1 * In Britain, and particularly in reading Scotland, you know that the library of the peasant is composed chiefly of such coarse fictions as the Exploits of George Buchanan, the histories of John Cheap the Chapman, Leper the Tailor, Lothian Tom, Paddy from Cork, the Creelman's Courtship, Simple John and his Twelve Misfortunes, and such like ; all of them saturated with indecency, and forming a library of facetiæ, which, in spite of the cant of the day about the moral and religious character of the country, prove how much the national humour and peculiarities of the people have been and still are imbued with coarseness and indelicacy.
'In Prussia, I am inclined to think that the vulgar taste is different; at least if the selection which I made be taken as a criterion. It is clear that there is far less love of the prurient and coarsely humorous about the German people, than among either the French or the British.'--Strang's Germany in 1831. 2 vols. 1836.
· With his usual anxiety to communicate his new compositions to his friends, Burns sent copies of Bruce's Address to various gentlemen of the liberal complexion of politics, whom he thought likely to be pleased with such an effusion at such a crisis. The three following letters were all employed as enclosures of copies
of that poem:
DUMFRIES, 5th December 1793. SIR Heated as I was with wine yesternight, I was perhaps rather seemingly impertinent in my anxious wish to be honoured with your acquaintance. You will forgive it—it was the impulse of heartfelt respect. “He is the father of the Scottish county reform, and is a man who does honour to the business, at the same time that the business does honour to him,' said my worthy friend Glenriddel to somebody by me, who was talking of your coming to this country with your corps. Then,I said, 'I have a woman's longing to take him by the hand, and say to him : “Sir, I honour you as a man to whom the interests of humanity are dear, and as a patriot to whom the rights of your country are sacred.” ?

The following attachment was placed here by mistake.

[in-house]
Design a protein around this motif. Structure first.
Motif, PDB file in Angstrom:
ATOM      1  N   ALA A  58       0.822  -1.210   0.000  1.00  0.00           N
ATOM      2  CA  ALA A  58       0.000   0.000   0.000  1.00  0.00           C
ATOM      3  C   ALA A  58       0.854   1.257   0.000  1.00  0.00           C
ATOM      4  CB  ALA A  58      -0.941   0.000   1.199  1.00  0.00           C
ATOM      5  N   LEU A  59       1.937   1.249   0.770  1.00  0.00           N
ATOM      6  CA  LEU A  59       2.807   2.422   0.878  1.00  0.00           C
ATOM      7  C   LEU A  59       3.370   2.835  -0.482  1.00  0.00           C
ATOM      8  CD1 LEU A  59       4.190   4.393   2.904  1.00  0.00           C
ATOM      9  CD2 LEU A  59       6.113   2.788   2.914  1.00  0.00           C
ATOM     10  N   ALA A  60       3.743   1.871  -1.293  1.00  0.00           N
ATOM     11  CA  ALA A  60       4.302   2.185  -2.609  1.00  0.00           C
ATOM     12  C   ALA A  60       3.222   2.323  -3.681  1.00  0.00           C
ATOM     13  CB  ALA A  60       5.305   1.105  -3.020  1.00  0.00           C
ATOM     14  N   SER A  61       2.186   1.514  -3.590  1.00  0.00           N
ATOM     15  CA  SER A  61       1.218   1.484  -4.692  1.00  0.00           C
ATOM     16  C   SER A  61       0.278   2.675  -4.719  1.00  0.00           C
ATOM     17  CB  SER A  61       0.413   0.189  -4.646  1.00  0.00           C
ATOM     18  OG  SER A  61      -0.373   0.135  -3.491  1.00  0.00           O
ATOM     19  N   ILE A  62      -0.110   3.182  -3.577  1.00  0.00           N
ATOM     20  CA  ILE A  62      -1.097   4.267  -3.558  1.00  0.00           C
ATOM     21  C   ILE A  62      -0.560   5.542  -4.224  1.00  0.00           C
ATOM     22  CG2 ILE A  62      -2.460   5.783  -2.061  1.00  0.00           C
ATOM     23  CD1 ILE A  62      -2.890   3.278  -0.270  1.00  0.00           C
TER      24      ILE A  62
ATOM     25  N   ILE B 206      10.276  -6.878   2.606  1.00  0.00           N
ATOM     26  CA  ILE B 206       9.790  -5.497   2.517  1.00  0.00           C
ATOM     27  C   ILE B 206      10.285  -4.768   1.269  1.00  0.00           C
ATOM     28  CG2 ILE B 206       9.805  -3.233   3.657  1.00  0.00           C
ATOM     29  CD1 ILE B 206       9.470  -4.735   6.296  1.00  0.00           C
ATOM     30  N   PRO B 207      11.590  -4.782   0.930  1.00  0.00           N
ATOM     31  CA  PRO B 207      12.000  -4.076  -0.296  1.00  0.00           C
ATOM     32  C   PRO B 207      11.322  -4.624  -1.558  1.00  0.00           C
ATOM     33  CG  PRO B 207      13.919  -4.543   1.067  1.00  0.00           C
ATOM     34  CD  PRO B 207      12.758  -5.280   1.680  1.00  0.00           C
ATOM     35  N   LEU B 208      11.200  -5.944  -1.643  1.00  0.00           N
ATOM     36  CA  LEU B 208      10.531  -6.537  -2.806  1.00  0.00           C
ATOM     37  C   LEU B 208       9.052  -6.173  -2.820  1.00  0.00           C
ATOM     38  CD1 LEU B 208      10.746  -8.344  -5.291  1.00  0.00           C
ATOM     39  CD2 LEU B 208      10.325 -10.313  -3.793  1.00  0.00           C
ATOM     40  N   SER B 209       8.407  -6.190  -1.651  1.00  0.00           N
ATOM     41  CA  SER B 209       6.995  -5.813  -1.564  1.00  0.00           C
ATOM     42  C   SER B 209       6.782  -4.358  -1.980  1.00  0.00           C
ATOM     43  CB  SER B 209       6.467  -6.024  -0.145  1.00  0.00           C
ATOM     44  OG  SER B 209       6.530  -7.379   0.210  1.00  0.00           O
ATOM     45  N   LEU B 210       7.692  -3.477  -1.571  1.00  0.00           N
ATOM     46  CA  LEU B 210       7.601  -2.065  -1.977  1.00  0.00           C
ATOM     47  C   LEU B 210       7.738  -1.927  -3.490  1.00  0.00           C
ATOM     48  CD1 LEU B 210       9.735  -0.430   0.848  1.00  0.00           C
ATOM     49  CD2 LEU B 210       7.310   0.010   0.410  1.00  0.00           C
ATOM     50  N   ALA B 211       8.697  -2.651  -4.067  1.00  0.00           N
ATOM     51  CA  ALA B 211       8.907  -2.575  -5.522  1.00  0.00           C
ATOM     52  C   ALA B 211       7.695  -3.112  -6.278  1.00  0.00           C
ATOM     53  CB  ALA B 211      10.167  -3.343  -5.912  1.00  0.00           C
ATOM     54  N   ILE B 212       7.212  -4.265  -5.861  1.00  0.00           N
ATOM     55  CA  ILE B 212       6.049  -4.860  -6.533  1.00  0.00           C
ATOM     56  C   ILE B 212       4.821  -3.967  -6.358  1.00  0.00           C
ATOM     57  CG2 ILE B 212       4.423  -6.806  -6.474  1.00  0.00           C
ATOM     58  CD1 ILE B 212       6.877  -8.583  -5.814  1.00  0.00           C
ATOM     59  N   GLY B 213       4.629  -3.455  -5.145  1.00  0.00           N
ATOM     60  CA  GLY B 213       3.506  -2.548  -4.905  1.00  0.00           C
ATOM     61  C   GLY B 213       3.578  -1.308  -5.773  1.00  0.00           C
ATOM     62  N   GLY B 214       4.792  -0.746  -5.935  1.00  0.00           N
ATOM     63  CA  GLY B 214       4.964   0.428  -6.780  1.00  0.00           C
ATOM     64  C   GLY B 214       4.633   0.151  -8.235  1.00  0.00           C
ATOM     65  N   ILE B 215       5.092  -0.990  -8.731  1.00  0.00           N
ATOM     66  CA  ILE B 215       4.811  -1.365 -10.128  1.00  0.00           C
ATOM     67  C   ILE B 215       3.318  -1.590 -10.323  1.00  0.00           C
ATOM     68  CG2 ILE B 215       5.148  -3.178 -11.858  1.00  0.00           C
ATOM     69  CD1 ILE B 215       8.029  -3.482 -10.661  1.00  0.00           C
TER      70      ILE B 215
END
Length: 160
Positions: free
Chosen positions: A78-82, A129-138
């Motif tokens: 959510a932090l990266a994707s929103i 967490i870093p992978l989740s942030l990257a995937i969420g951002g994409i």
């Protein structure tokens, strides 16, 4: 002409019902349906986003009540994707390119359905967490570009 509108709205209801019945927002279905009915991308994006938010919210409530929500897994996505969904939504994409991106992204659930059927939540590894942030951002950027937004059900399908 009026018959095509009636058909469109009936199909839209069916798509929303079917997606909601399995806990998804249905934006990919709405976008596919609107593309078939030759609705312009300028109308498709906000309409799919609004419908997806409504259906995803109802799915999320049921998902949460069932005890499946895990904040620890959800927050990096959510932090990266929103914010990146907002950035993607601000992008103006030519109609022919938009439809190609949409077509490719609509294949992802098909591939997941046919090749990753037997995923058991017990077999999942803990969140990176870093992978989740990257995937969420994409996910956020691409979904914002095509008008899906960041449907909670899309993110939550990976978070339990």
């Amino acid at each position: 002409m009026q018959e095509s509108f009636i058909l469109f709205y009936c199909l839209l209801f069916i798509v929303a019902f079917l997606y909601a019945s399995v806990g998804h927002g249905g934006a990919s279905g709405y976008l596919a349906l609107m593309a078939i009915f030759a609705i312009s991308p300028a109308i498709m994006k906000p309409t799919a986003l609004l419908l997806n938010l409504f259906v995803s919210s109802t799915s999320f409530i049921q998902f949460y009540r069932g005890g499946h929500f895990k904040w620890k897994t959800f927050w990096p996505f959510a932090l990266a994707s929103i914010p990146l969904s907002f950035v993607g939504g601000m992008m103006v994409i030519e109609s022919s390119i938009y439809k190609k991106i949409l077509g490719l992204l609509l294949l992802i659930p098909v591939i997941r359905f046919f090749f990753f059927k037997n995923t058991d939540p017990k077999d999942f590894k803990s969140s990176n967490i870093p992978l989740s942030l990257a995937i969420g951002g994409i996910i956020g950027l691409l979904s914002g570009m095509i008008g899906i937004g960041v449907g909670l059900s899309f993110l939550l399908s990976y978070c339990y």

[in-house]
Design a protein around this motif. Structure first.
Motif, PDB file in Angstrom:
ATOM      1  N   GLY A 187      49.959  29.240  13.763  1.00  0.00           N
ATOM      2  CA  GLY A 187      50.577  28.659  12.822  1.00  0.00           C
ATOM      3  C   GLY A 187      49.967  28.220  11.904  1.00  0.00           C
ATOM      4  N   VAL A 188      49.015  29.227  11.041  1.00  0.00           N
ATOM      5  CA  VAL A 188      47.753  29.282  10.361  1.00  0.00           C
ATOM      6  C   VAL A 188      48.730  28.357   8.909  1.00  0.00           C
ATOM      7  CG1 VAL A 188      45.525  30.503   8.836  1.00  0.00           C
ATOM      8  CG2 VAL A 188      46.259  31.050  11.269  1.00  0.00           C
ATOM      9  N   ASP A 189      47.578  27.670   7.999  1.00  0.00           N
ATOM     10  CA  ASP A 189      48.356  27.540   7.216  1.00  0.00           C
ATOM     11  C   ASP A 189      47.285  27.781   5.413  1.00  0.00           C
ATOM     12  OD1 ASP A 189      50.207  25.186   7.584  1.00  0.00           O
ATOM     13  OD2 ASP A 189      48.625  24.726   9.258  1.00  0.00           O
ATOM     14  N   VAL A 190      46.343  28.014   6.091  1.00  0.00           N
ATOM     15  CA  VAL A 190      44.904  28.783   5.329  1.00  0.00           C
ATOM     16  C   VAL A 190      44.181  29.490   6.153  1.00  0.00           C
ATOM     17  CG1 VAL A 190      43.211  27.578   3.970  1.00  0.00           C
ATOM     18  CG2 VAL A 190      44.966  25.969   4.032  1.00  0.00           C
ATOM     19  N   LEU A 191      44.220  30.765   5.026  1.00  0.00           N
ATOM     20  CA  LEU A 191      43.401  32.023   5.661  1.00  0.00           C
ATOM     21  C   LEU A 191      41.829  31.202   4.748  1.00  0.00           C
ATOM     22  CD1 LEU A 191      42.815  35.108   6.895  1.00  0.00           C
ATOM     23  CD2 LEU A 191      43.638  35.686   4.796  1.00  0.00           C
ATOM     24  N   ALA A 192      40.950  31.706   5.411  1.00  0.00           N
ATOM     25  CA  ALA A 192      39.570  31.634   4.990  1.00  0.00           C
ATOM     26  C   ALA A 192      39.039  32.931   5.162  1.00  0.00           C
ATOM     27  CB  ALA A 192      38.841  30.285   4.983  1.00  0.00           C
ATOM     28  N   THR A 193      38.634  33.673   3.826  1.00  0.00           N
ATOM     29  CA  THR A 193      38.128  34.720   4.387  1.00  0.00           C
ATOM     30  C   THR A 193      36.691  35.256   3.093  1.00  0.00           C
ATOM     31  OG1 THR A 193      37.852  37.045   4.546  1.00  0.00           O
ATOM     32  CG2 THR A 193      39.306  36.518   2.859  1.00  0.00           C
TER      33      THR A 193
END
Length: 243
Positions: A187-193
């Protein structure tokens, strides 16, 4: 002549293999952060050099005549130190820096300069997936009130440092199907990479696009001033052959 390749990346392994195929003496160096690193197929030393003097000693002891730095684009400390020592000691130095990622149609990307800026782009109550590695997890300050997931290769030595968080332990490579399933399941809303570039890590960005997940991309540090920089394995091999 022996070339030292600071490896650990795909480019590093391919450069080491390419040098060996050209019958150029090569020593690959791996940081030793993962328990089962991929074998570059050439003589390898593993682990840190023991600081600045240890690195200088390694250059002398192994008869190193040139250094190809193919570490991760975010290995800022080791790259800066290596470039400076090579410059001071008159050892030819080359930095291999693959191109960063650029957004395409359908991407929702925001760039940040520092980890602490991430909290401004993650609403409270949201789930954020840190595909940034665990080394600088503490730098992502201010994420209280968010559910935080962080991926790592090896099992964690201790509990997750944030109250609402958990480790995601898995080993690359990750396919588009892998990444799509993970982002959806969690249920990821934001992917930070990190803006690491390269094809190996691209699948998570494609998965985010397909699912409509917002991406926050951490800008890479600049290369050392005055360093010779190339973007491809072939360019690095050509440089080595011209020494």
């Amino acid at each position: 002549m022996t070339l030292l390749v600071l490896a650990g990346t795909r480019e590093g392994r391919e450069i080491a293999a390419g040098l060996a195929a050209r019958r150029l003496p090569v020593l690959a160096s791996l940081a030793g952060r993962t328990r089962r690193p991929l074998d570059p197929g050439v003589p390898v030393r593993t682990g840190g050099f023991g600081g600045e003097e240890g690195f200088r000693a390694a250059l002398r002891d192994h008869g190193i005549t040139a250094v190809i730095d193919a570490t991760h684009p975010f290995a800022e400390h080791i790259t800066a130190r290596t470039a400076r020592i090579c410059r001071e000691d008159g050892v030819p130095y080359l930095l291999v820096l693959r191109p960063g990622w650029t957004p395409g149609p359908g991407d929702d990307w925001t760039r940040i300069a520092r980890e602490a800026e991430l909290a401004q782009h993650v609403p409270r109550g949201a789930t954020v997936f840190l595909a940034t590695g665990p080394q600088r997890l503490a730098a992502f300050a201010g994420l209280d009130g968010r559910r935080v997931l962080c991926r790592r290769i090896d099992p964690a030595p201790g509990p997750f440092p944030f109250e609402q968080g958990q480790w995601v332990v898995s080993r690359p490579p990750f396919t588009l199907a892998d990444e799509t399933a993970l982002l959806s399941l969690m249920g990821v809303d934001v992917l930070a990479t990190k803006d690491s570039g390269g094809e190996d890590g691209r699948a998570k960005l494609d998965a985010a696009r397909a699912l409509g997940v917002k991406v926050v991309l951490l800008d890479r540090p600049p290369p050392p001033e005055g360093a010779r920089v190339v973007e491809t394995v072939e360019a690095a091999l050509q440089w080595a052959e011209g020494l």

In times like these, sir, when our commoners are barely able, by the glimmering of their own twilight understandings, to scrawl a frank, and when lords are what gentlemen would be ashamed to be, to whom shall a sinking country call for help? To the independent country gentleman. To him who has too deep a stake in his country not to be in earnest for her welfare; and who, in the honest pride of man, can view with equal contempt the insolence of office and the allurements of corruption.
I mentioned to you a Scots ode or song I had lately composed, and which, I think, has some merit. Allow me to enclose it. When I fall in with you at the theatre, I shall be glad to have your opinion of it. Accept of it, sir, as a very humble, but most sincere tribute of respect from a man who, dear as he prizes poetic fame, yet holds dearer an independent mind. I have the honour to be, R. B.
| Not unlikely, Captain Robertson of Lude,